Climate finance increased in 2022 globally, particularly in low- and middle-income economies. This is according to a new report which also indicates that multilateral development banks (MDBs) have mobilized $60.7 billion in climate finance for developing countries.
The recently published report is the result of the compilation of data from several multilateral development banks (MDBs), such as the African Development Bank (AfDB), the European Bank for Reconstruction and Development (EBRD), the European Investment Bank (EIB) or the Inter-American Development Bank (IDB). According to the report, these banks provided $60.7 million in climate finance to low- and middle-income economies, up 46% from 2019 volumes.
At the global level, this financing reached nearly $100 billion, compared to $82 billion in 2021. Of this financing, sub-Saharan African countries were able to capture $16.3 billion. But developing countries in Europe get away with more than $36 billion. According to the report, of the $60.7 billion released to low-income economies in 2022, $38 billion (63%) was allocated to climate change mitigation.
Only 37% of funding for climate change adaptation
Funding was notably allocated to the development of transport that emits less CO 2 , to agriculture, agroforestry and even energy. At the same time, $22.7 billion was spent on adaptation to climate change, including water and sanitation systems, manufacturing and coastal infrastructure for countries most exposed to flooding. and rising sea levels.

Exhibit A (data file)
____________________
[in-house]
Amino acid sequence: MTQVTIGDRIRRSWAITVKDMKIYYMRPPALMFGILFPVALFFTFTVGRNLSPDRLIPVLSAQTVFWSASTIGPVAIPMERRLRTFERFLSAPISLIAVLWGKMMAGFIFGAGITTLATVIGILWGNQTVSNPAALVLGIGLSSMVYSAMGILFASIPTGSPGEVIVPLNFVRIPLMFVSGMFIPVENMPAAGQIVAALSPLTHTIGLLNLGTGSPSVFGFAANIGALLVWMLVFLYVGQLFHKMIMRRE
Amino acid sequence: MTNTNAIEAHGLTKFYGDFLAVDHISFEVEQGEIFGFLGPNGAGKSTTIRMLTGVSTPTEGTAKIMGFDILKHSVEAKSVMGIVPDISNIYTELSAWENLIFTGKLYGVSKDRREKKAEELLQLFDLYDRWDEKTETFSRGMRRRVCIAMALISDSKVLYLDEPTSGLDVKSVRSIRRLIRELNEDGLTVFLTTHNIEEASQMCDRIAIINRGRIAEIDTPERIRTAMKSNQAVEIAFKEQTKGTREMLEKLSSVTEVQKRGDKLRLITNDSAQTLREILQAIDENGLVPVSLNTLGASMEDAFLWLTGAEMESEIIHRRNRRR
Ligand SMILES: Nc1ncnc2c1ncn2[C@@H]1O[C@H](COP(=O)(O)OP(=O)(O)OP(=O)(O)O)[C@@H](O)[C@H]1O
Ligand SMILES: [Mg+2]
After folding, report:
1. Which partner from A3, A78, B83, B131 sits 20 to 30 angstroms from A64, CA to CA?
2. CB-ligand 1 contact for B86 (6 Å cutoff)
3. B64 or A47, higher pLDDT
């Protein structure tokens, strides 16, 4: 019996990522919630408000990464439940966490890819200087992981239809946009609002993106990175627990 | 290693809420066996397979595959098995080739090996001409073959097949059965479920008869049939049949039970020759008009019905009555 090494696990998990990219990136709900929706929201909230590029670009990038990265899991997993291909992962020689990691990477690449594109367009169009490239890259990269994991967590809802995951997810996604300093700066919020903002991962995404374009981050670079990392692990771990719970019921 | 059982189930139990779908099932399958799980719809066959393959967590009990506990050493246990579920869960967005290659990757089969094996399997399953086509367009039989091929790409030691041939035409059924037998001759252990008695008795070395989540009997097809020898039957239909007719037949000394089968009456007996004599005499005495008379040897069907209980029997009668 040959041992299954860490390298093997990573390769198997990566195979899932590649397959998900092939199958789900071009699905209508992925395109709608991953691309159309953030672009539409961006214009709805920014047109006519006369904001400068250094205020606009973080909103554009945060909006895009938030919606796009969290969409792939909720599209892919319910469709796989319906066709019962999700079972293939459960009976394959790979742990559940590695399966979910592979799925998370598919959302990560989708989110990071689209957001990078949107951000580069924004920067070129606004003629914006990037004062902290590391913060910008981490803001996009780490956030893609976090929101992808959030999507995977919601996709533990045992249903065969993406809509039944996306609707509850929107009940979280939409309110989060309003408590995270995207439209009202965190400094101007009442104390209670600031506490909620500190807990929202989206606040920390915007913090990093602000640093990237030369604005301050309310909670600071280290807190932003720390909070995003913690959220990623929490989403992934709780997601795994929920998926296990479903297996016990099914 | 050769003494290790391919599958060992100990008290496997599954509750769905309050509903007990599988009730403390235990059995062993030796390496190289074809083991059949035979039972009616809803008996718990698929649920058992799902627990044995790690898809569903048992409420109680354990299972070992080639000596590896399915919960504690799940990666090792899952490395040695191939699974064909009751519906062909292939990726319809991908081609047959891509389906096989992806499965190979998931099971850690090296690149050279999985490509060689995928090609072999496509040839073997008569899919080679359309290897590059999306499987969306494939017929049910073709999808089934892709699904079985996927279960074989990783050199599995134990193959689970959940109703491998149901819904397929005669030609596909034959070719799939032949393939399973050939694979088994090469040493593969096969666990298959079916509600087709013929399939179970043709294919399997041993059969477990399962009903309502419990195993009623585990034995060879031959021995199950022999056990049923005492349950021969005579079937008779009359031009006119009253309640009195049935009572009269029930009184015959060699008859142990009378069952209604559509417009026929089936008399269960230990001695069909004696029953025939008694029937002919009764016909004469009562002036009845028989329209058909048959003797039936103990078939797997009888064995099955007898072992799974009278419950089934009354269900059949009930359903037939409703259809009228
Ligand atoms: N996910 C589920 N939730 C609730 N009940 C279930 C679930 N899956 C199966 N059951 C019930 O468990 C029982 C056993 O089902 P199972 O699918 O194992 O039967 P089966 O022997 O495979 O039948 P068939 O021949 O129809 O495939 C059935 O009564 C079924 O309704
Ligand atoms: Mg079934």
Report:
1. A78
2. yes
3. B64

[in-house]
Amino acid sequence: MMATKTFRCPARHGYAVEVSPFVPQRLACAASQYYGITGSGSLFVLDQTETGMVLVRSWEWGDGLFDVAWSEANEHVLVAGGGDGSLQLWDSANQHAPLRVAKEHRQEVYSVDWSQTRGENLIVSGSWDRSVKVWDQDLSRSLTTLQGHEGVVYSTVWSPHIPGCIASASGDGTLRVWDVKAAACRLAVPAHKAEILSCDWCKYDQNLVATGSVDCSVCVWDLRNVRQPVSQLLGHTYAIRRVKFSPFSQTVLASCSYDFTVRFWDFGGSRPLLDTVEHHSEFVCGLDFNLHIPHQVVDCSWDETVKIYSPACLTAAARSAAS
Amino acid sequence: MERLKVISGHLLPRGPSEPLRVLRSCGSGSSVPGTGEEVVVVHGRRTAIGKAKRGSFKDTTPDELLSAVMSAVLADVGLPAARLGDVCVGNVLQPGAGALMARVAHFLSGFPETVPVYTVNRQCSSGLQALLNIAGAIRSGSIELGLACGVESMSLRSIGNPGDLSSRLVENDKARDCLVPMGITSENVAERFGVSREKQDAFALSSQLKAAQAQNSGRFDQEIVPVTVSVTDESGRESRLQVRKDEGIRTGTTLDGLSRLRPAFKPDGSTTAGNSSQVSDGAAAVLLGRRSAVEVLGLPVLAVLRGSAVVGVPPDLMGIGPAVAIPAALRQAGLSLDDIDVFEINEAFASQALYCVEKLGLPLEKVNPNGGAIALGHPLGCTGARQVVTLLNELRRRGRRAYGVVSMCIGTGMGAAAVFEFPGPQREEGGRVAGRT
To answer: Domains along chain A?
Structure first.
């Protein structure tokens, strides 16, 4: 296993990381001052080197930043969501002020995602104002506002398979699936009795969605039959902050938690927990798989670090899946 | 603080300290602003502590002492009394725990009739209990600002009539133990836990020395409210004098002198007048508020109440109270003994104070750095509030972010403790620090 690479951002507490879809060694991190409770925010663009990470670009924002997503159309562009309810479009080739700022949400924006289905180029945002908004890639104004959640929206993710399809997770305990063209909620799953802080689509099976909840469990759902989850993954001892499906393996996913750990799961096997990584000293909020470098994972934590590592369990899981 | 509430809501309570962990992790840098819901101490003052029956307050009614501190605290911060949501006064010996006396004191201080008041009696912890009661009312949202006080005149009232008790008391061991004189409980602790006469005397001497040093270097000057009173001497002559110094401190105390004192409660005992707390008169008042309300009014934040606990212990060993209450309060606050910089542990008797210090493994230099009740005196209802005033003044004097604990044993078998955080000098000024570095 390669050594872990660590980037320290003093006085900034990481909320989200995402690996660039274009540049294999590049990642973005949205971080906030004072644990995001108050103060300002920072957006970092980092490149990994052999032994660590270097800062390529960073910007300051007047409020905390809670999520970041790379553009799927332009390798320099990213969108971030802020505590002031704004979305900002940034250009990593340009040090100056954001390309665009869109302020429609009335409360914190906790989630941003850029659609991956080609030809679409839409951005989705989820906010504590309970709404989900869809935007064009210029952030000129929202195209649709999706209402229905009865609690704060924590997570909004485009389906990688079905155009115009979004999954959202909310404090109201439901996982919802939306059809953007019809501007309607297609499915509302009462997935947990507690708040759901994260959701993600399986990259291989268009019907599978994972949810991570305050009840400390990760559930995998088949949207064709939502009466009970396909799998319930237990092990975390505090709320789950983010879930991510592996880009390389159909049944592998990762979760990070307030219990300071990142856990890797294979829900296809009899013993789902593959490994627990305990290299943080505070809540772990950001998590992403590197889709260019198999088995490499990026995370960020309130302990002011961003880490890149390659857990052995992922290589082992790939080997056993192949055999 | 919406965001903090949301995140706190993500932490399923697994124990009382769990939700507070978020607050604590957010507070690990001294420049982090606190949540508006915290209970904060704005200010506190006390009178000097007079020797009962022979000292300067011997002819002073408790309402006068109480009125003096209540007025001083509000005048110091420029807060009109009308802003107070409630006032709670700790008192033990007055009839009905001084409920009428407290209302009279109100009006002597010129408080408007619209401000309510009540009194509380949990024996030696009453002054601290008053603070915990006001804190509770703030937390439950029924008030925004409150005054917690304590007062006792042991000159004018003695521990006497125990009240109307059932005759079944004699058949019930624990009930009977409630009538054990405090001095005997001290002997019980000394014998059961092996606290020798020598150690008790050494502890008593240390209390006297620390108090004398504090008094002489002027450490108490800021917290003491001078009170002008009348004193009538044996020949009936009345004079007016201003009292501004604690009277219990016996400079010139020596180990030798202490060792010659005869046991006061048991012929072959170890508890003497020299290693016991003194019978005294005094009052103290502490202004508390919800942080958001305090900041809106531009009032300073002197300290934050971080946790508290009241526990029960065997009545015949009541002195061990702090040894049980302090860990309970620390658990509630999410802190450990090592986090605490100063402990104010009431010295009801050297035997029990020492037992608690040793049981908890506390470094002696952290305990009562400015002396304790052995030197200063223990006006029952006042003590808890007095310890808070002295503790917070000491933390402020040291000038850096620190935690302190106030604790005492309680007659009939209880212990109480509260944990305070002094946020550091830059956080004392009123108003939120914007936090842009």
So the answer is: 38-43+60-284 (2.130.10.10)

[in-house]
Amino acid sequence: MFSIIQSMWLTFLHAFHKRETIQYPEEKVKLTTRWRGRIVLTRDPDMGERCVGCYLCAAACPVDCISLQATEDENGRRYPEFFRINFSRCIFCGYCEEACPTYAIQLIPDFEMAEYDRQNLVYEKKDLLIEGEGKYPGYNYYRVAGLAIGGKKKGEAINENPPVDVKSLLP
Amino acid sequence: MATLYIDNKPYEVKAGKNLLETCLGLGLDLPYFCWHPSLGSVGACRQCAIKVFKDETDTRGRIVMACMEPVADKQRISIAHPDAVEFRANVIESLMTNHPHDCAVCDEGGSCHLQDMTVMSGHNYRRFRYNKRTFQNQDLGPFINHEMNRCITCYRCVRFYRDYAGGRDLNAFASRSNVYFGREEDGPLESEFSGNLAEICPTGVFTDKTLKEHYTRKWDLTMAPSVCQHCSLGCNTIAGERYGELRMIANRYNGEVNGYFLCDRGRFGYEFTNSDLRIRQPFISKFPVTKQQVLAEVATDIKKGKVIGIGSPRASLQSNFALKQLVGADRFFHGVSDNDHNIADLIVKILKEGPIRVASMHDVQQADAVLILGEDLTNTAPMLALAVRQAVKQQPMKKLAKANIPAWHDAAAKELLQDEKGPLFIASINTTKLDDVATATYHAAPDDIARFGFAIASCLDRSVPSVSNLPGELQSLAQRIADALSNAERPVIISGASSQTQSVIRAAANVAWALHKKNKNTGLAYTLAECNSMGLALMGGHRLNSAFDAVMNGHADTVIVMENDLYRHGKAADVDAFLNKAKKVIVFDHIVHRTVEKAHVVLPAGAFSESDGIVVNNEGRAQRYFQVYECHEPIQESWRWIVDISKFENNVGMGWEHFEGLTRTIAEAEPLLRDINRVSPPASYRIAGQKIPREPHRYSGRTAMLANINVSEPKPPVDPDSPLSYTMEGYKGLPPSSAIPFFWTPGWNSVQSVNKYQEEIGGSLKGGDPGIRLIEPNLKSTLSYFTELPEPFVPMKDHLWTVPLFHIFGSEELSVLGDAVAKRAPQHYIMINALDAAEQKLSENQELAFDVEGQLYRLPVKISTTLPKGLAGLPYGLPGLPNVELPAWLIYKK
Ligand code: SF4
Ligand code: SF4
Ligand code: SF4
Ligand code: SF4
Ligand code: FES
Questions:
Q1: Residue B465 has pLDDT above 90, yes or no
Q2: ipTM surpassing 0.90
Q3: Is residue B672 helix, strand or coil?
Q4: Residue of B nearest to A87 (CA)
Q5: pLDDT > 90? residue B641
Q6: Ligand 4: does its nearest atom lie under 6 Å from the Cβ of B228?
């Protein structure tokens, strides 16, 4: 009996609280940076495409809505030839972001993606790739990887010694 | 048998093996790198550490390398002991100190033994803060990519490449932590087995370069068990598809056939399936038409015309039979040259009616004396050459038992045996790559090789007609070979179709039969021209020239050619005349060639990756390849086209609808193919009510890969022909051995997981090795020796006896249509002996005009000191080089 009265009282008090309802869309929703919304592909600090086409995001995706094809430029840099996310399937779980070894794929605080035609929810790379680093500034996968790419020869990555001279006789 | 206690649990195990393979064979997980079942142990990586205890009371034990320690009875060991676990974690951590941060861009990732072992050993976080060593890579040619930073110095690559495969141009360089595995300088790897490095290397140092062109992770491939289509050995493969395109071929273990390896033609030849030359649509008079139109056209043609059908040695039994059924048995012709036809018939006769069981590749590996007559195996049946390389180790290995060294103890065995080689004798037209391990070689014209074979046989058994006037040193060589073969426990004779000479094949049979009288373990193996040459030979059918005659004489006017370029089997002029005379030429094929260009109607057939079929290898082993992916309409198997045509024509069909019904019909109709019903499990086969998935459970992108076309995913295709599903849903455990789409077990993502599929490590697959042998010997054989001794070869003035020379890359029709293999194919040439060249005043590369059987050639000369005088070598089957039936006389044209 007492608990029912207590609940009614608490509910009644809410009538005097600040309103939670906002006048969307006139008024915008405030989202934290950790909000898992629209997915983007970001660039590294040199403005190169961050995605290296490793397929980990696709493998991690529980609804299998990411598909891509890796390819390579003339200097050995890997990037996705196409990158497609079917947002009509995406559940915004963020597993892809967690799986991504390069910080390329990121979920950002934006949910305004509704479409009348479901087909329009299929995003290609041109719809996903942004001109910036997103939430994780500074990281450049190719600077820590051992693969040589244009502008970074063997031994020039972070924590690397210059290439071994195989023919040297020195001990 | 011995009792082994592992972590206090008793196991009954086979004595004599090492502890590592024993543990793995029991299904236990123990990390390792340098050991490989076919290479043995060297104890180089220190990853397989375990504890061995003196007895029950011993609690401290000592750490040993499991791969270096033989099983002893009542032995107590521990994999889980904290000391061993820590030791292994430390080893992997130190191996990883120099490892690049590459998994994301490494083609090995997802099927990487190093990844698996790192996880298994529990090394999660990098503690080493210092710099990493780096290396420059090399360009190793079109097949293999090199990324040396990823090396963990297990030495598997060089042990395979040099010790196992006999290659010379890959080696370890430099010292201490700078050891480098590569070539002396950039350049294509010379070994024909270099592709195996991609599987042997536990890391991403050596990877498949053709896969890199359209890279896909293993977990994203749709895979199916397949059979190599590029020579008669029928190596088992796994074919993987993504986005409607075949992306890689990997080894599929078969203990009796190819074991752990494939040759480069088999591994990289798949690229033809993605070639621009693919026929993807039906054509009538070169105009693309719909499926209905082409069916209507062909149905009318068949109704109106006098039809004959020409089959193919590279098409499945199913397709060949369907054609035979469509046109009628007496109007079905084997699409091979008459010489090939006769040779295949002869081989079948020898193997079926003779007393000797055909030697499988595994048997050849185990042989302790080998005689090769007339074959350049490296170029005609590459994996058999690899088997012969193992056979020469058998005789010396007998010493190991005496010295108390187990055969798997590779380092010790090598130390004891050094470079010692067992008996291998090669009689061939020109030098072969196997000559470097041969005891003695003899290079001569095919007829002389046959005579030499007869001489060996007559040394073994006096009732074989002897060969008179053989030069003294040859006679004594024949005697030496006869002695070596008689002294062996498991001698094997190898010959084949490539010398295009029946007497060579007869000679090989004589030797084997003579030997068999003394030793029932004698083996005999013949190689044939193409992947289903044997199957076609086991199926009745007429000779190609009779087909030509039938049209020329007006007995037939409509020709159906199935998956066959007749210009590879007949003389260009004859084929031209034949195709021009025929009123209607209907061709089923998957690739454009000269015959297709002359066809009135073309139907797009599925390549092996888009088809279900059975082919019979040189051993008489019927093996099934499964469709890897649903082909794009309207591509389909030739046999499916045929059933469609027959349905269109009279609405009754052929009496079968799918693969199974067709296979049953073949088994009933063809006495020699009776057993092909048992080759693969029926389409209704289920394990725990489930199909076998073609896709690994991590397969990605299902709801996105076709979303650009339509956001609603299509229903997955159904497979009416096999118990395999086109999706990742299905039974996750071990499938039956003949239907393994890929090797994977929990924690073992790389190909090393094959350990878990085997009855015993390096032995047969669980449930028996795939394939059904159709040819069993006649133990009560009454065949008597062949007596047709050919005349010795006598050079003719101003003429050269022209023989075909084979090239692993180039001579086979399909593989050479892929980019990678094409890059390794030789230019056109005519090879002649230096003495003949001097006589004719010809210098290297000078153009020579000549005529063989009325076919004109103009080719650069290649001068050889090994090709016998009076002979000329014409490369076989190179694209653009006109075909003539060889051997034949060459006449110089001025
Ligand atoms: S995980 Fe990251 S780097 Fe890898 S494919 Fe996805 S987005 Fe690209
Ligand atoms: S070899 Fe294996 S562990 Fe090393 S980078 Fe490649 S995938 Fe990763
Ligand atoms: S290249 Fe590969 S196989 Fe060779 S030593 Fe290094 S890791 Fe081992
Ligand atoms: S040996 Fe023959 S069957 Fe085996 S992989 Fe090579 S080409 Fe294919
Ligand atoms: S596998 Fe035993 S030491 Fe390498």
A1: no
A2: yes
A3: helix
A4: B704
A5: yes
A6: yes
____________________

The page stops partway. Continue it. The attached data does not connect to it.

“External climate funds, notably the Climate Investment Fund (CIF), the Global Environment Facility (GEF) and the Green Climate Fund (GCF), remain the main source of co-financing,” reacts the Director of the AfDB for climate change and green growth. For Anthony Nyong, the private sector must increase its contribution to global climate finance. “The African Development Bank is committed to rallying national and international partners to reduce the risks associated with private capital and unlock the trillions of dollars needed to finance the fight against climate change in Africa,” adds -he.
In 2022, the private sector mobilized $69 billion, compared to $41 billion in 2021. For its part, the AfDB increased its climate financing from $2.1 billion in 2020 to $2.4 billion in 2021. , and to $3.6 billion in 2022. The pan-African bank's allocation is almost entirely channeled to low- and middle-income economies. These commitments fall far short of meeting Africa's climate finance needs. According to climate data that the 55 African countries provided to the United Nations (UN), the continent would need 2.8 trillion dollars by 2030.